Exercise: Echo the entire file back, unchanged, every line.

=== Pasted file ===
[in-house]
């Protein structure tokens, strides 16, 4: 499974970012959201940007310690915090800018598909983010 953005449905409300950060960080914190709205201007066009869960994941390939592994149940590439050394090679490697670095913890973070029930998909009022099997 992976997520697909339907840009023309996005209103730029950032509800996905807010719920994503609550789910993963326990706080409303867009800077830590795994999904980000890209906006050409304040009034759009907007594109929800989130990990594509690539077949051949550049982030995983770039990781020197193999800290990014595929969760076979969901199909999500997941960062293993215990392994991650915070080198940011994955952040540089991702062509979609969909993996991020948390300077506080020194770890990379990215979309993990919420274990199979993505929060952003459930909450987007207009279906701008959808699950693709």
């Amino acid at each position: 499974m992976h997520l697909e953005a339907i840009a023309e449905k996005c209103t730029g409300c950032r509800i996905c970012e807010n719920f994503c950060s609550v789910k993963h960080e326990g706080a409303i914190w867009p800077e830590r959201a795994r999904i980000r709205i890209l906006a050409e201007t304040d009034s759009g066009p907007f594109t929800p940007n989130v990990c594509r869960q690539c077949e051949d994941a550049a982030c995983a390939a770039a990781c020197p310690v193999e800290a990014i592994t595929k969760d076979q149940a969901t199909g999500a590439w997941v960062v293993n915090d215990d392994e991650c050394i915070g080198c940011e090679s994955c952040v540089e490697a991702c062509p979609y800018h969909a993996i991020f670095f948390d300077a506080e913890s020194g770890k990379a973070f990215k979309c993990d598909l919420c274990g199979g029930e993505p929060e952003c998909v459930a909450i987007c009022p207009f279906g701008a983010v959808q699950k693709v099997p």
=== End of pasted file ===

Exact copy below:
[in-house]
């Protein structure tokens, strides 16, 4: 499974970012959201940007310690915090800018598909983010 953005449905409300950060960080914190709205201007066009869960994941390939592994149940590439050394090679490697670095913890973070029930998909009022099997 992976997520697909339907840009023309996005209103730029950032509800996905807010719920994503609550789910993963326990706080409303867009800077830590795994999904980000890209906006050409304040009034759009907007594109929800989130990990594509690539077949051949550049982030995983770039990781020197193999800290990014595929969760076979969901199909999500997941960062293993215990392994991650915070080198940011994955952040540089991702062509979609969909993996991020948390300077506080020194770890990379990215979309993990919420274990199979993505929060952003459930909450987007207009279906701008959808699950693709």
């Amino acid at each position: 499974m992976h997520l697909e953005a339907i840009a023309e449905k996005c209103t730029g409300c950032r509800i996905c970012e807010n719920f994503c950060s609550v789910k993963h960080e326990g706080a409303i914190w867009p800077e830590r959201a795994r999904i980000r709205i890209l906006a050409e201007t304040d009034s759009g066009p907007f594109t929800p940007n989130v990990c594509r869960q690539c077949e051949d994941a550049a982030c995983a390939a770039a990781c020197p310690v193999e800290a990014i592994t595929k969760d076979q149940a969901t199909g999500a590439w997941v960062v293993n915090d215990d392994e991650c050394i915070g080198c940011e090679s994955c952040v540089e490697a991702c062509p979609y800018h969909a993996i991020f670095f948390d300077a506080e913890s020194g770890k990379a973070f990215k979309c993990d598909l919420c274990g199979g029930e993505p929060e952003c998909v459930a909450i987007c009022p207009f279906g701008a983010v959808q699950k693709v099997p």